Back in February I mentioned on the blog that I would like to find a Diana model 35 to detune, just to see how sweet it could be. Carel contacted me and told me he had a nice old one I might like. Then he told me about this model 26. I had never heard of it, and he tells me they are quite scarce in Europe, too. I think the gap between the models 25 and 27 was too narrow to support another model. read more


AirForce Edge 10-meter rifle: Part 2

by Tom Gaylord
Writing as B.B. Pelletier

Part 1
Testing Baracuda FT pellets — Part 3

AirForce Edge
The AirForce Edge target rifle.

This report covers:

  • How more air helps power
  • Linked to the Baracuda FT test
  • Fill the Edge
  • The test
  • JSB Exact RS
  • H&N Finale Match Light with 4.5mm head
  • RWS Superdome
  • Sig Match Ballistic Alloy
  • I wonder…
  • Air Arms Falcon
  • RWS R10 Match Pistol with 4.5mm heads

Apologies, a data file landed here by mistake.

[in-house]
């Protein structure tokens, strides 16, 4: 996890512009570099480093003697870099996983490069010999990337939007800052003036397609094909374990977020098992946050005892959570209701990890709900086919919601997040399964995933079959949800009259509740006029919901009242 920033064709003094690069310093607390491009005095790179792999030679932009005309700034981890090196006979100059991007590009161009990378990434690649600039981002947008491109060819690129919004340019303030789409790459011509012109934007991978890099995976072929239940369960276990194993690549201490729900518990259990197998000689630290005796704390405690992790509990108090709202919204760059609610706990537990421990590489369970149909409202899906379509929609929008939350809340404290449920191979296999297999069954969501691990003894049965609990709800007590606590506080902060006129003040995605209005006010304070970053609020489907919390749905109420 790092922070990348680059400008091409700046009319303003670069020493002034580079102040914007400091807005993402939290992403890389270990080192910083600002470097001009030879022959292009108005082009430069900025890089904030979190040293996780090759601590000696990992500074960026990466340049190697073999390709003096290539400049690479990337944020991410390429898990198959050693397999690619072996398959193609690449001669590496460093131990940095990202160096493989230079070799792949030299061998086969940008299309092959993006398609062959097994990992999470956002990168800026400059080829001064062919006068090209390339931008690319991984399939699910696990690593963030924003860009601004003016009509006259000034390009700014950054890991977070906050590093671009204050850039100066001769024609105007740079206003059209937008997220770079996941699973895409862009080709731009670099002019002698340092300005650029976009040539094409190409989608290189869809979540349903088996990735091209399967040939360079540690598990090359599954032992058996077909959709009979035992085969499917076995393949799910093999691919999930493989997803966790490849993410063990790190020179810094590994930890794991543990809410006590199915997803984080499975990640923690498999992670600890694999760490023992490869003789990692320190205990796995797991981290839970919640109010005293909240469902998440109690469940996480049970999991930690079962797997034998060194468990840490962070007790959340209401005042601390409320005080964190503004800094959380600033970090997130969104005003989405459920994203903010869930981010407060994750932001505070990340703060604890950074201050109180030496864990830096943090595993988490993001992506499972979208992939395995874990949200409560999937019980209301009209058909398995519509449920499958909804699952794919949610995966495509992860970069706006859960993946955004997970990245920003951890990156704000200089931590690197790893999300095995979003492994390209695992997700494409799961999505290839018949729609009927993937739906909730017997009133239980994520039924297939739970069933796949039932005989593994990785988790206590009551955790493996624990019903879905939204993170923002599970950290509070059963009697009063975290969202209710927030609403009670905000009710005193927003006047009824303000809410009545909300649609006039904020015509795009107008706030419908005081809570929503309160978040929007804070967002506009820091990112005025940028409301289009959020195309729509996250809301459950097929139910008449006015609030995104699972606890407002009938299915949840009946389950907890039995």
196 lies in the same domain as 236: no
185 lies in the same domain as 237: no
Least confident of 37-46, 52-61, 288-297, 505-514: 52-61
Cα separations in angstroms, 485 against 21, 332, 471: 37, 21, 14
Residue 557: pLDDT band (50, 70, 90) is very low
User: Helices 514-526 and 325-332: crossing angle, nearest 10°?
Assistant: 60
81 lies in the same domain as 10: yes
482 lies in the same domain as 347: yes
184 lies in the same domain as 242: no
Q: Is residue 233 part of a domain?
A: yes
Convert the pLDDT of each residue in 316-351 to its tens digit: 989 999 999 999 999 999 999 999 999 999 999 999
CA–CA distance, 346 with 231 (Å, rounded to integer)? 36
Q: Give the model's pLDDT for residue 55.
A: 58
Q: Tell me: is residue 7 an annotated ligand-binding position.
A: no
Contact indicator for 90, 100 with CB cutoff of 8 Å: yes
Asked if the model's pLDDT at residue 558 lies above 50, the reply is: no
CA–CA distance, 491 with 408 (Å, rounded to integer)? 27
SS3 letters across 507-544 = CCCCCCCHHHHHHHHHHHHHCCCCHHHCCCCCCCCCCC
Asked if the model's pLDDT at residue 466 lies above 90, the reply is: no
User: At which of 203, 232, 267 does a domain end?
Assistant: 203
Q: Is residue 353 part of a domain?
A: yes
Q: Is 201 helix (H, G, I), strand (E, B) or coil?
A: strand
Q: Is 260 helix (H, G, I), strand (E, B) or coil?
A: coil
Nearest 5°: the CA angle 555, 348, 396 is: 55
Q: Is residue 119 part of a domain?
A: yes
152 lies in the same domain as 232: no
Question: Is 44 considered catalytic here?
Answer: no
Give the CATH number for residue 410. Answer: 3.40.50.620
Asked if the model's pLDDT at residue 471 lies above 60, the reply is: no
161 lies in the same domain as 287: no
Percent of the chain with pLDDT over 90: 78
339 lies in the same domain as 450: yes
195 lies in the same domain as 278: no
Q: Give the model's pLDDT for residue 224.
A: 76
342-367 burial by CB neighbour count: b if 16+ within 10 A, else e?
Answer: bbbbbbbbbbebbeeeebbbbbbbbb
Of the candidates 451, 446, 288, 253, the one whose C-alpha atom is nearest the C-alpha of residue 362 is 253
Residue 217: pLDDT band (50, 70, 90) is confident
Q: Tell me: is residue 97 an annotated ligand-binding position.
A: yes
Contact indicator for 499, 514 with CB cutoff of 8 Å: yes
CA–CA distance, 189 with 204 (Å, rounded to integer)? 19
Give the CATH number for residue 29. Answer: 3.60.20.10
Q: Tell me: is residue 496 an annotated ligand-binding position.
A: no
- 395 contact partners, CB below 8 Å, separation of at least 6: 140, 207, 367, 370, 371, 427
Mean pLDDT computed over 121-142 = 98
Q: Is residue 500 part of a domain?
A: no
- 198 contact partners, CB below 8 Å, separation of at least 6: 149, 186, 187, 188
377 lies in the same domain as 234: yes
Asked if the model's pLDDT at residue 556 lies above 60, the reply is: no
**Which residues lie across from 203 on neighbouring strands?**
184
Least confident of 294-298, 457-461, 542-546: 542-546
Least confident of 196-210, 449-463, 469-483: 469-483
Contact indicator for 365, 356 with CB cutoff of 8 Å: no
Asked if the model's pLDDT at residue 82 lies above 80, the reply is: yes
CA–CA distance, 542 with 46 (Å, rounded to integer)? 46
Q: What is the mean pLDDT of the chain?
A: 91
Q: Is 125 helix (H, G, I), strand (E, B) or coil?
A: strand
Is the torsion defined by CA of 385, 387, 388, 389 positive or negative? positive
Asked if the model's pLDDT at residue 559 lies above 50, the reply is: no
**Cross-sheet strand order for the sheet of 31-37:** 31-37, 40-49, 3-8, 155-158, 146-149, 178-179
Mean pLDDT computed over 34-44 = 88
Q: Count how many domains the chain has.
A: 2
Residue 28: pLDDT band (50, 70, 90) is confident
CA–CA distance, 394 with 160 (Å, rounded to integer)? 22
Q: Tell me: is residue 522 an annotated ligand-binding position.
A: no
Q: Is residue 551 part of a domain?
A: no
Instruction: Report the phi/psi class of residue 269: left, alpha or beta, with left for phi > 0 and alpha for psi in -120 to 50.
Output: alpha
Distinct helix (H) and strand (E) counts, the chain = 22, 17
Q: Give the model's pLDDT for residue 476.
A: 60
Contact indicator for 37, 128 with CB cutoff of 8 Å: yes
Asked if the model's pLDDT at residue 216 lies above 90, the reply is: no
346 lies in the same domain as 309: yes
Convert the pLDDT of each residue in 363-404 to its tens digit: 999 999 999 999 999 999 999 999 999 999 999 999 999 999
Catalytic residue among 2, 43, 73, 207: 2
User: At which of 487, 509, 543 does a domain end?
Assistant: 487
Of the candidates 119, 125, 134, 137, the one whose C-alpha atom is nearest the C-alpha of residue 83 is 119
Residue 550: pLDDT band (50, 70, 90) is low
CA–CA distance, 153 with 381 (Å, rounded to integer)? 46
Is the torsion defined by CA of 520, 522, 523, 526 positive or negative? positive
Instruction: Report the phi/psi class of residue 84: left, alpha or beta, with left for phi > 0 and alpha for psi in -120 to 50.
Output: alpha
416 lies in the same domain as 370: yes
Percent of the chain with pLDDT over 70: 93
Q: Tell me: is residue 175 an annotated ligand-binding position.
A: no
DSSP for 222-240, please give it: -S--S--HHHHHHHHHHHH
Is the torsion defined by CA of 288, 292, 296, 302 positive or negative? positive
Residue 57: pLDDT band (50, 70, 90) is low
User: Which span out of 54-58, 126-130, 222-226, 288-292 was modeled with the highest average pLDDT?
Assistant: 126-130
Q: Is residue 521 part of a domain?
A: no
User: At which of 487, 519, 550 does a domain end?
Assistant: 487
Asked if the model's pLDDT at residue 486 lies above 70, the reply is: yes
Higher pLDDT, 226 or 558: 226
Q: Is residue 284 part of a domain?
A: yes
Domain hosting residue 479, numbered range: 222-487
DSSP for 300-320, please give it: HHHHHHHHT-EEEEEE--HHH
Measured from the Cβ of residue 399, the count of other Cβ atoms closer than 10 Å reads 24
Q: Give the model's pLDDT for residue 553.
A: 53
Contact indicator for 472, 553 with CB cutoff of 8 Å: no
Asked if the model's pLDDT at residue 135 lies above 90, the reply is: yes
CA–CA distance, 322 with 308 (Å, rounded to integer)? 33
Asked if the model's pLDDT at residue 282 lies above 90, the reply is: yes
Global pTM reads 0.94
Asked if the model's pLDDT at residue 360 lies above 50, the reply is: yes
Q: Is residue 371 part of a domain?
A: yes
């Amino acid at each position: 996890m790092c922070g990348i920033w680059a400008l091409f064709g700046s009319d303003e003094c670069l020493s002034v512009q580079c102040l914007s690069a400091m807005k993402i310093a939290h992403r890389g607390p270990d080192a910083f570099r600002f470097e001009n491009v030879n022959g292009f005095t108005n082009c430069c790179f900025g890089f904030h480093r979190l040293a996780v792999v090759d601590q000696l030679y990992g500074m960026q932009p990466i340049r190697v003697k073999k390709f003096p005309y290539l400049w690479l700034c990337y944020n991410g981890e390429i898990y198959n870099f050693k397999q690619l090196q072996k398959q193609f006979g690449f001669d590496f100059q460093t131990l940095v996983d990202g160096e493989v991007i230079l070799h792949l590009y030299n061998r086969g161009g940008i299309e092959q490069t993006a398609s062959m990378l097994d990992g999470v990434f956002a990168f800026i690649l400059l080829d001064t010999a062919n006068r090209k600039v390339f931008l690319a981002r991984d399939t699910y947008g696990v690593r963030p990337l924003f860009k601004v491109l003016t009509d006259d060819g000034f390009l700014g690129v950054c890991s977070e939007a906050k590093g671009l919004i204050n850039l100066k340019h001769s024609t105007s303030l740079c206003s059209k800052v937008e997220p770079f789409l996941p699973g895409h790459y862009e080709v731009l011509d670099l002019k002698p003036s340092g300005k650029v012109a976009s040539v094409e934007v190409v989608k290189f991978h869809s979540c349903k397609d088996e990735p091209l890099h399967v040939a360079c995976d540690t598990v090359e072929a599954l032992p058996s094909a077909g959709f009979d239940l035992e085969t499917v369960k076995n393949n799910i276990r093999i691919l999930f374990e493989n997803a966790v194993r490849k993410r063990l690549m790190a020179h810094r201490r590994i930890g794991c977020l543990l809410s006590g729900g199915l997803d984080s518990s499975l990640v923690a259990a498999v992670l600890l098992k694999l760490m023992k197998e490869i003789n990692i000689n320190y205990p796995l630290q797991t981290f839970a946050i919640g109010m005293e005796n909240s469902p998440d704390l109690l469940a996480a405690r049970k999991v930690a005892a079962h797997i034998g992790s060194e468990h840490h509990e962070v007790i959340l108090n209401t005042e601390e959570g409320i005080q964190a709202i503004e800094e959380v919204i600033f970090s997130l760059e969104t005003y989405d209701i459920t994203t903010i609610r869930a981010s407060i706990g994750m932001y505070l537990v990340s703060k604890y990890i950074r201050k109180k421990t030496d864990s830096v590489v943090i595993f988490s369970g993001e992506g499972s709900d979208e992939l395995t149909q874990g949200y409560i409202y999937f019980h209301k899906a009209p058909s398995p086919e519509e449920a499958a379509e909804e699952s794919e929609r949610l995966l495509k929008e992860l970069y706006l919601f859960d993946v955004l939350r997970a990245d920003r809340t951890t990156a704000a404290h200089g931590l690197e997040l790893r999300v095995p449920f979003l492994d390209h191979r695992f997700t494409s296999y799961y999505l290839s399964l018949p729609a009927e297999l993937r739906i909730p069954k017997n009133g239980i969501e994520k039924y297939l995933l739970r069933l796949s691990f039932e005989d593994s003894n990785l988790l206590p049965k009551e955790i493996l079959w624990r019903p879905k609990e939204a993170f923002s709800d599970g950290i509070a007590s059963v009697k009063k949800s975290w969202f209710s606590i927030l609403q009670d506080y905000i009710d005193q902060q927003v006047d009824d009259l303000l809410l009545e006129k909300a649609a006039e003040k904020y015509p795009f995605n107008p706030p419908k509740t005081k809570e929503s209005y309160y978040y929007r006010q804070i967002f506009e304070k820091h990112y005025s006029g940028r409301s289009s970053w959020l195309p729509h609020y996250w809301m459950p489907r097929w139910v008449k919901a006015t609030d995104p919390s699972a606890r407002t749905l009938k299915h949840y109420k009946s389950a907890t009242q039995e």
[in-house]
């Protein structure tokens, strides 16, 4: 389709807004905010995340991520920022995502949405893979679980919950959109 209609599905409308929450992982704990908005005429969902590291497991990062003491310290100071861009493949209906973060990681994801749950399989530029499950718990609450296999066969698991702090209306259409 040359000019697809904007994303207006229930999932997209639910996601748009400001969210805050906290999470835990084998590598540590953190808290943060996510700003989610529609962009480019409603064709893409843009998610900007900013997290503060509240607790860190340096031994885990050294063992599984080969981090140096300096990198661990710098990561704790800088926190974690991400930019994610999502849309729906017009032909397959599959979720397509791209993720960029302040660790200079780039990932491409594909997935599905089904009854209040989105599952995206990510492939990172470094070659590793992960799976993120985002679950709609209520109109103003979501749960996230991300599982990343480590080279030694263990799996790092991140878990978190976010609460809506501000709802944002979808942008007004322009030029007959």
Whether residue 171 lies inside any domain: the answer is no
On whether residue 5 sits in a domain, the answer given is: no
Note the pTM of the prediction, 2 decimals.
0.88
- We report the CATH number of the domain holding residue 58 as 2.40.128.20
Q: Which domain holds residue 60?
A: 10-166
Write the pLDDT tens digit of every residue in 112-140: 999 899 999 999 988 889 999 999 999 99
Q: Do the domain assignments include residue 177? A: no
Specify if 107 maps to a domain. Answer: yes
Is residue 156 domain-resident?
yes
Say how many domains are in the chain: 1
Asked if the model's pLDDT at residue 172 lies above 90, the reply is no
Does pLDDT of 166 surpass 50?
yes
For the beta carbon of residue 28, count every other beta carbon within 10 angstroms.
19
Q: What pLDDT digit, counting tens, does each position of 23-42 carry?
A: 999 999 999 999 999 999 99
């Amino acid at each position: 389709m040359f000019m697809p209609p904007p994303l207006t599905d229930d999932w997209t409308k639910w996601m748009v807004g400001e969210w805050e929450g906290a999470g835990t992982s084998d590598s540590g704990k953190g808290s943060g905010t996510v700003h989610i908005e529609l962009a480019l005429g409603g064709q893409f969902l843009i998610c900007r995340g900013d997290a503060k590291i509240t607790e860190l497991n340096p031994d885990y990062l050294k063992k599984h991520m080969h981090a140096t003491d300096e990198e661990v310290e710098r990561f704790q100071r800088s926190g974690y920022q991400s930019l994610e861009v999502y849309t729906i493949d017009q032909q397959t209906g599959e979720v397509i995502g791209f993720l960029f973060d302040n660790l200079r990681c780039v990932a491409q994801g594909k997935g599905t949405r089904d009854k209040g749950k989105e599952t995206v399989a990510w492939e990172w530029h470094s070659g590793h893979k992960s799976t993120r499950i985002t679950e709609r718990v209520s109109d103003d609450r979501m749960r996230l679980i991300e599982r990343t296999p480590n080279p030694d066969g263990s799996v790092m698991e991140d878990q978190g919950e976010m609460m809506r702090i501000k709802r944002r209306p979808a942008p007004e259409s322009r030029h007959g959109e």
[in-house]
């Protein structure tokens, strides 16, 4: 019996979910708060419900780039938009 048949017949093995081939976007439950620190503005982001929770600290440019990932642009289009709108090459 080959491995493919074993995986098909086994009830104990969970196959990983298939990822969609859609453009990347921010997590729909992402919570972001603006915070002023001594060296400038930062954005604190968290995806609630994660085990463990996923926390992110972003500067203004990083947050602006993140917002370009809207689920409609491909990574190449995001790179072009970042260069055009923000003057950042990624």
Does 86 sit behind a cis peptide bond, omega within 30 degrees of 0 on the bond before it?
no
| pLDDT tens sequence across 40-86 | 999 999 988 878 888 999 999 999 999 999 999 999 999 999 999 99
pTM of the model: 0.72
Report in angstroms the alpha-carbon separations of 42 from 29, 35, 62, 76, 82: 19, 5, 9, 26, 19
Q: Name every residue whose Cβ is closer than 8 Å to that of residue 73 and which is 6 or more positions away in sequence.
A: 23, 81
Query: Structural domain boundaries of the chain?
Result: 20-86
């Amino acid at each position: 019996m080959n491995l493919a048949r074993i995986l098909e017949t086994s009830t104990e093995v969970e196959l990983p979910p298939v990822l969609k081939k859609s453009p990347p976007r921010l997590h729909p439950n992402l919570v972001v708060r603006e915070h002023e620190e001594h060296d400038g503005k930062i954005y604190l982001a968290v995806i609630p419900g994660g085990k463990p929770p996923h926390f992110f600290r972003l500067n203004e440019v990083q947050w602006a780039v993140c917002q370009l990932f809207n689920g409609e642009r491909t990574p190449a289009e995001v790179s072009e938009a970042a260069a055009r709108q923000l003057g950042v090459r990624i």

• More fun
  • H&N Match Green
  • Second group of Sig Match Ballistic Alloy pellets
  • Ten shots
  • Aluminum tape on the back of targets
  • Summary

Today I’m doing something fun — for me. I’m testing the accuracy potential of the AirForce Edge target rifle that reader Ridge Runner has modified by adding a larger firing chamber. There were some questions last time about how just adding an empty chamber after the regulator can add power to a regulated target rifle. Here’s how.

How more air helps power

We know that the regulator takes the high-pressure air in the reservoir and steps it down to much lower pressure. We also know — or should know — that a gun that gets filled to 3,000 psi does not put anything like that kind of pressure behind the pellet when it fires. If it puts out 1,000 psi, that’s a lot. read more


Compressor talk

by Tom Gaylord
Writing as B.B. Pelletier

This report covers:

  • PCPs are becoming mainstream
  • The price has dropped
  • Disco
  • Economic hostage
  • DON’T BUY A CHEAP AIR COMPRESSOR!!!!!!
  • Inexpensive compressors you can trust
  • AirForce E-Pump
  • Value compressors
  • Stand-alone operation